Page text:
Less Interesting: People in the UMC always have a party piece in place; they don’t want to rock the boat, will be polite, etc. If you try to get in a real debate over real issues, they will either politely brush you off or simply say you’re rude. Rude. That’s the operative insult – rude, uncouth – you don’t play by the rules, dude. People more in the working class don’t do this. They’ll say what’s on their minds. If you don’t like it, too bad. The communication is a lot more honest.

A lot of social class is based on these unconscious assumptions. Of course, the career success and money don't hurt either. Although, to me, career has always been a fancy word for "job."

Tuesday, January 24, 2006

Another question is what the Con win signifies. Is it mere sound and fury for naught? It seems like a familiar story in Canadian politics: the liberals are in power under a successful PM who wins a few majority governments. The Liberal leader steps down, Liberal scandals and/or arrogance comes to light, the Conservatives win. It happened with Diefenbaker in 1958 and Mulroney in 1984. The only outlier is Clark in 1979, and he lasted all of nine months. Pretty much every Conservative election win since WWII has been a reaction to a change in the liberal leadership; Clark is the only exception, and that had a lot to do with Trudeau's imposition of wage and price controls, contrary to his campaign promise, and the endemic stagflation of the era. At any rate, What it doesn't seem to signify is a real and lasting shift to the right, along the lines of what happened in the US in 1980 and 1994.

Canadian Election Results

Conservative minority:

Party Seats % Vote
CON 124 36.25%
LIB 103 30.22%
BQ 51 10.48%
NDP 29 17.49%
IND 0 1 .52%
OTH 0 5.05%

Harper will be PM; Martin resigns as Liberal leader. [Not exactly a Frente Popular, but I do like the poster image.]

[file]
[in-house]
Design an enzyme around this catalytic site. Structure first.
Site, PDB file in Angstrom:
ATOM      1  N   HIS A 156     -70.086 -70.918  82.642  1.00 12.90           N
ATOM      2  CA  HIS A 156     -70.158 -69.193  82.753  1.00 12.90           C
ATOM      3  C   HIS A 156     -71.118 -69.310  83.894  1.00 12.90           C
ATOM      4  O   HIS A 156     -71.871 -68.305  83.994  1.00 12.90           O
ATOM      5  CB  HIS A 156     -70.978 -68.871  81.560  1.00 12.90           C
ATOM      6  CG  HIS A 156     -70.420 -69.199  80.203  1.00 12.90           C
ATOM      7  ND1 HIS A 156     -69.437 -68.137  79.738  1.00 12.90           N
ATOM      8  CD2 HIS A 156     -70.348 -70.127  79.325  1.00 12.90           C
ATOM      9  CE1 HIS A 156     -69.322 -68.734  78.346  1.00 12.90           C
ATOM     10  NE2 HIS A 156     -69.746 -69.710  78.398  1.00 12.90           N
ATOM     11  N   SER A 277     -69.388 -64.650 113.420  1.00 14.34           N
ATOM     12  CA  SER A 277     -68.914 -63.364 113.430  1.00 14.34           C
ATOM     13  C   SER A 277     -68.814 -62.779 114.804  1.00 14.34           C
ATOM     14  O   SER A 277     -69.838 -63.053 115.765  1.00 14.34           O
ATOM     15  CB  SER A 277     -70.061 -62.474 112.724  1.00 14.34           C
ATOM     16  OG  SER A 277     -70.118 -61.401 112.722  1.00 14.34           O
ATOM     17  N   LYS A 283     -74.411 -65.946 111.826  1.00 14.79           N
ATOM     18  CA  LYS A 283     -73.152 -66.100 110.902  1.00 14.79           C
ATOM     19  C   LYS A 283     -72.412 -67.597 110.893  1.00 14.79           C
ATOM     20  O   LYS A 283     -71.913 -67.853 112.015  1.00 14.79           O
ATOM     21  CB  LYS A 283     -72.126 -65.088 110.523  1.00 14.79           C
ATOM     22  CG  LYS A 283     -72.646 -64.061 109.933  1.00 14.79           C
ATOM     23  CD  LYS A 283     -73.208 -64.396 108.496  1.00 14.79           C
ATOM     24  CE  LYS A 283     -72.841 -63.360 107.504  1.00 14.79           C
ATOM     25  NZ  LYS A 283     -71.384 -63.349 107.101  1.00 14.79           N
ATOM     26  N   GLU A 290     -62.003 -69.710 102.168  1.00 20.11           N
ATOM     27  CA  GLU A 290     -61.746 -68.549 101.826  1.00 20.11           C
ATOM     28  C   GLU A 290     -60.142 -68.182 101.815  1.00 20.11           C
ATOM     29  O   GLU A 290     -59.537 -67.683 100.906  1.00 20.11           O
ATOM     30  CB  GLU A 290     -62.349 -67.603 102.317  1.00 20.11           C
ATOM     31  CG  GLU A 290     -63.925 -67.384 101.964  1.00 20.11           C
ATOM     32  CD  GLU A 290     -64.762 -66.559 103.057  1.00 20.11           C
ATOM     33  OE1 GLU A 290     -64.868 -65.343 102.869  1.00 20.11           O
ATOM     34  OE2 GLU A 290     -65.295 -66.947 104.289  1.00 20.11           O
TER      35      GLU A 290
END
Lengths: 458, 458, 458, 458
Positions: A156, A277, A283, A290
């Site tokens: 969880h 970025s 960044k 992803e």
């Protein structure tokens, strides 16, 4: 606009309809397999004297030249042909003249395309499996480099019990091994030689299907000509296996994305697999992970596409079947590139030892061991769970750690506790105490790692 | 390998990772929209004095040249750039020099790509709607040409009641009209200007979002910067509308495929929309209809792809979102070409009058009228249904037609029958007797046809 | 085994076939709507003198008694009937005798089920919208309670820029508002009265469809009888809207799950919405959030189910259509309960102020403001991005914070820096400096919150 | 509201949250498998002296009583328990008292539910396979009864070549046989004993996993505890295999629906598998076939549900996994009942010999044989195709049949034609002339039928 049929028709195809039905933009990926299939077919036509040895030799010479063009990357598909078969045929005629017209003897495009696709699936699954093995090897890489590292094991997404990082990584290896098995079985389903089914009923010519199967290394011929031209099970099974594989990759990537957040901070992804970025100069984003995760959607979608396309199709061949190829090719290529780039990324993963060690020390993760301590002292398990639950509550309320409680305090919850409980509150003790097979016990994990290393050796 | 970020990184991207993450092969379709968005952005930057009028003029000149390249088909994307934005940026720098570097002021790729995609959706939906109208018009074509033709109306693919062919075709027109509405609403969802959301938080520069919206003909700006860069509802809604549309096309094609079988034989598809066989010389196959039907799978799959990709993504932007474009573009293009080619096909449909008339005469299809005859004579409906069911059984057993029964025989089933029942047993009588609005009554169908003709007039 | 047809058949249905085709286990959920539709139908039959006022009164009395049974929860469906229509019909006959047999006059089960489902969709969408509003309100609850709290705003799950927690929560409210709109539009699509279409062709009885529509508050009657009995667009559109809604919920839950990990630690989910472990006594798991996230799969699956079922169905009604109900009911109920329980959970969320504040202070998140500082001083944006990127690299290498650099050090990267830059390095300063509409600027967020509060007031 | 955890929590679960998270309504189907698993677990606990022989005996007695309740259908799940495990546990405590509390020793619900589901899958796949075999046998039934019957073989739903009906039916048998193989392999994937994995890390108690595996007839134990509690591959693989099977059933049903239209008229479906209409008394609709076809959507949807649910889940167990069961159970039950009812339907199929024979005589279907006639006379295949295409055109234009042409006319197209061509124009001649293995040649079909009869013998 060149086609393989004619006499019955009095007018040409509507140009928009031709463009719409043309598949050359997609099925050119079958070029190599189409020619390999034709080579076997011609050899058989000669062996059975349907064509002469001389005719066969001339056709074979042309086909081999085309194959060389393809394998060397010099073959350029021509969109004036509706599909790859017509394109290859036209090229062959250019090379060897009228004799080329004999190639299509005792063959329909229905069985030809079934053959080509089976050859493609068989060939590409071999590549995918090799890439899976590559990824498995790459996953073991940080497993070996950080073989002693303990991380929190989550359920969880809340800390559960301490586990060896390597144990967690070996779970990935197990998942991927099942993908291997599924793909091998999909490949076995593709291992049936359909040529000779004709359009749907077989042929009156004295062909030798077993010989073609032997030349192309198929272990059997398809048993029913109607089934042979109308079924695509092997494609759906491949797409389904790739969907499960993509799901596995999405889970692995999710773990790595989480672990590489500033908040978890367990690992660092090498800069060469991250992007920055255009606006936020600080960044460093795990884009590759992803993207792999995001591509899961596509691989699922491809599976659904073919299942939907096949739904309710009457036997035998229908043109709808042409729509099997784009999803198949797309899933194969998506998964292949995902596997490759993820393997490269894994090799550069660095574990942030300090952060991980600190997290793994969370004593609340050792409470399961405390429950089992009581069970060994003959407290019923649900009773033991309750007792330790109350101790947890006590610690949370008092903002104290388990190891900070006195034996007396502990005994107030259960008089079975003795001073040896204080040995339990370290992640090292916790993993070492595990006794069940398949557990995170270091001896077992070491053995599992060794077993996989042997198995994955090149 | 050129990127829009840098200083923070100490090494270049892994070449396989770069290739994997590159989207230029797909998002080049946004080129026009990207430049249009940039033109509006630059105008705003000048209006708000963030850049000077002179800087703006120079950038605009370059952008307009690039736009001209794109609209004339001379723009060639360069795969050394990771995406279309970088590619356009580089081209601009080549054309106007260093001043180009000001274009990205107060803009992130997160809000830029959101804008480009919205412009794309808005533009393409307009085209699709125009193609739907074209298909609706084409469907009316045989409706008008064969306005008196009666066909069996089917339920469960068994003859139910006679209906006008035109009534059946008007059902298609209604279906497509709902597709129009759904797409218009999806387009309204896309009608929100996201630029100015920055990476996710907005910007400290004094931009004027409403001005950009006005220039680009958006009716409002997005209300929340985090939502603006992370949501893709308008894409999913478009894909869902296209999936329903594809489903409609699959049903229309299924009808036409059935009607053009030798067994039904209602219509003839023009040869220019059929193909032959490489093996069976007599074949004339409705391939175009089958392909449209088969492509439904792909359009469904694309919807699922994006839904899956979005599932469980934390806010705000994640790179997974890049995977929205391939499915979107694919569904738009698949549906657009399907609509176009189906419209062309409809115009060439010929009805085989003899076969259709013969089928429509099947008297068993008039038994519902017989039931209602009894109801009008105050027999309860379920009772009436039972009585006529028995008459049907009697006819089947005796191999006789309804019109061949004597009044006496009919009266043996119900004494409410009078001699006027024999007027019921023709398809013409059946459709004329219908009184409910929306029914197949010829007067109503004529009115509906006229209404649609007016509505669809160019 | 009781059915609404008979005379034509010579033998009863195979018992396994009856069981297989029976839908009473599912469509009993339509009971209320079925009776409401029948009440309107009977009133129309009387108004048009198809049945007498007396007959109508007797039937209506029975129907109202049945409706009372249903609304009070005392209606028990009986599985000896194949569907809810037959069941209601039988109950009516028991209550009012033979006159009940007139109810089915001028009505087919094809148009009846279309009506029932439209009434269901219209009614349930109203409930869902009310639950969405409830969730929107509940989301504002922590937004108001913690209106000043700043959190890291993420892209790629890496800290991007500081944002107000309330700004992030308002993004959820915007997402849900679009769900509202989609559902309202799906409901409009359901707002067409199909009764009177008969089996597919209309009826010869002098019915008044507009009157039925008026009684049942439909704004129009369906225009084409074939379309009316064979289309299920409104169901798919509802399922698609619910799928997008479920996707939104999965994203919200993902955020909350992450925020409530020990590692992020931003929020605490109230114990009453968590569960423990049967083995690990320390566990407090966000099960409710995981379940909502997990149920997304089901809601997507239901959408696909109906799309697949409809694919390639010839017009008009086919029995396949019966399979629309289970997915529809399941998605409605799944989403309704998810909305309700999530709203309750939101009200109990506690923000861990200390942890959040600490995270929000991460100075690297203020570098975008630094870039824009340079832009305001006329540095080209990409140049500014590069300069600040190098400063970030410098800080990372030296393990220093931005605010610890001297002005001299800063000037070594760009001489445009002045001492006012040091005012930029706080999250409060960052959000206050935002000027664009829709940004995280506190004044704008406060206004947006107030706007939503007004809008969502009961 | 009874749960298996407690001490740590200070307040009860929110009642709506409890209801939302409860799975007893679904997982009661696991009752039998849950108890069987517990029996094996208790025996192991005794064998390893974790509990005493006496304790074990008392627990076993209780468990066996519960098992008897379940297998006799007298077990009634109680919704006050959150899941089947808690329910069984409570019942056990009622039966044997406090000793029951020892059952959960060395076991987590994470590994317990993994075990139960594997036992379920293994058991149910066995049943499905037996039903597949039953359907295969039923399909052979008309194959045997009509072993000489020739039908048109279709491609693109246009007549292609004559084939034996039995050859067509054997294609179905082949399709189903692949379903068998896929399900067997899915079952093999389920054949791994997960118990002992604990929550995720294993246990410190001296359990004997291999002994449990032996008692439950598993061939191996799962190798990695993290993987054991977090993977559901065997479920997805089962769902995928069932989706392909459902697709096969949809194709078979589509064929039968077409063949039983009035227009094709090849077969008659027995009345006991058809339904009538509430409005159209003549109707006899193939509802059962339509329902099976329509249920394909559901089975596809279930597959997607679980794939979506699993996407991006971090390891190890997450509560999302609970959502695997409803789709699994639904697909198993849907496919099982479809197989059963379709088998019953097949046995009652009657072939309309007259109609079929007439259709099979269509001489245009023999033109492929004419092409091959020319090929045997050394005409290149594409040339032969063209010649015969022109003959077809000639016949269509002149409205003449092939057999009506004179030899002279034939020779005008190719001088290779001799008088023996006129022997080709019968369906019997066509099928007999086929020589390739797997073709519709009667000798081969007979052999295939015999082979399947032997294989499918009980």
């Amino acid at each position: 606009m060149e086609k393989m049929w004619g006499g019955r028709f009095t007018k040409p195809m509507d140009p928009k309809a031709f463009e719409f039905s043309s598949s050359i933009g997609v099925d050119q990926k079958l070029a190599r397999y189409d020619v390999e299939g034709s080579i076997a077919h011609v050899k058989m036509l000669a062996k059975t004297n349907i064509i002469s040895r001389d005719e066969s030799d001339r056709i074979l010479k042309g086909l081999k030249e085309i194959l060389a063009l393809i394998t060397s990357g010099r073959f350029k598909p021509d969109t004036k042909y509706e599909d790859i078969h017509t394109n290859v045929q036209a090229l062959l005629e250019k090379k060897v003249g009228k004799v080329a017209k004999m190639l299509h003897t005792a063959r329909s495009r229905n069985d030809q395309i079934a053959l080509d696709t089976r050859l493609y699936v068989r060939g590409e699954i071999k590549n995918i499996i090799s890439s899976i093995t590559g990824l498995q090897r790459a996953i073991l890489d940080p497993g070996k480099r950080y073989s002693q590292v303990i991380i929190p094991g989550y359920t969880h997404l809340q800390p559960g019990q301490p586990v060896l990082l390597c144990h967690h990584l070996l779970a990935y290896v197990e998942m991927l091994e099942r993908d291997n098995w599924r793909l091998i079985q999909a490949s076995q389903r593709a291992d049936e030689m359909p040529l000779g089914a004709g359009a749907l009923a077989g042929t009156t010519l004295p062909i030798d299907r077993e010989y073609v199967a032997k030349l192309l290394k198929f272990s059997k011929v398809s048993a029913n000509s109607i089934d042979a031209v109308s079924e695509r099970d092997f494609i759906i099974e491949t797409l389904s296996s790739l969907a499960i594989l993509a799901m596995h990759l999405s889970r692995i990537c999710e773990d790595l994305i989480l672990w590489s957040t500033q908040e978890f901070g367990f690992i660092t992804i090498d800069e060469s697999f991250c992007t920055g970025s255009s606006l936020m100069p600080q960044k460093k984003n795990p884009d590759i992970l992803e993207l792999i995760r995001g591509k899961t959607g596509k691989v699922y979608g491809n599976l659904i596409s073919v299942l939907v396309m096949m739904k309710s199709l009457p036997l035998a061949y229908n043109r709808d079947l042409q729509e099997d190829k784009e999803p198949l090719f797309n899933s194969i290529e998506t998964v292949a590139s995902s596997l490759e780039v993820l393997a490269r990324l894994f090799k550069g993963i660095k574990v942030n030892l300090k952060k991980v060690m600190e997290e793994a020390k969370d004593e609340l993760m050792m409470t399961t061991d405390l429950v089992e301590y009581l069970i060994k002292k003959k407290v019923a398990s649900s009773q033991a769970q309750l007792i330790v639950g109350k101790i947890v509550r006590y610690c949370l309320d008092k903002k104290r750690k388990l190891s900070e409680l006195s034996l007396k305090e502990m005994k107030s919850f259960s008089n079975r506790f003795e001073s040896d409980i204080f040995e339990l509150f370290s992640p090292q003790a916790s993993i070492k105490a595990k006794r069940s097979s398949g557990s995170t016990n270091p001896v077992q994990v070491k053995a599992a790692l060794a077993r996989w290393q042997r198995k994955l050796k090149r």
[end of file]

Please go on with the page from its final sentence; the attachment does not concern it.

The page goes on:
SO -- What does it all mean, anyway? First, despite two scandals, a collapse in Quebec and a general sense that the Liberals are tired and have been in power for too long, the Tories managed a weak minority. It may not last beyond the first budget vote, absent some significant CAN$ sent to Quebec to curry favor with the Bloc. Moreover, Harper is expected to govern from the center, which means no fallating GWB and keeping the loonies in the party quiet. If he can't do that, he won't last long. And gay marriage -- if he calls a vote on it, it's only because he plan on losing and wants to placate the wing nuts in the party. It ain't gonna be Jesusland North.

Second, the generational soul-searching for the Liberals. Martin is out, but who's gonna replace him? Personally, I never liked Martin all that much -- too far to the right. I would like to see more of a Trudeau type, but I'm not counting on it. I would really like Sheila Copps, a left-leaning Liberal to run again.

Third, will our Krazy Konservative Komrades in the states travel north to help? Apparently, they already have provided advice, possibly even money. What's interesting with the conservative movement is that it has an international flavor, a desire to spread to other nations. This, of course, is most visible with Canada. American conservatives have been gleeful at the possibility of friendly terrain in the north. Yet another similarity that the conservative movement has with communism and fascism. . . .

Fourth, whither NDP? Although they don't hold the balance of power, it will be interesting to see what happens. If the Liberals take a lurch to the right in their next leader, the NDP may be poised for even greater growth.

Thursday, January 19, 2006

Jesus or Spock: Who's the better moral example?

Rosie, give Scalito a good punch while you're at it. Posted by Picasa

Tuesday, January 17, 2006

Welcome to the Ravines!

Hello all! This here's my new Blog! Why the name? Well, why not the name? LSS, it comes from a place I used to live, but in a real sense represents where any progressive American (or United Statesean) lives under the current regime. The Ravines -- the pit of despair, powerlessness, a jagged trough cut through the land. I plan on posting more, when Uh dun gits the chance.

I would like this to be forum, both political and cultural. More about this and my lame ass self later.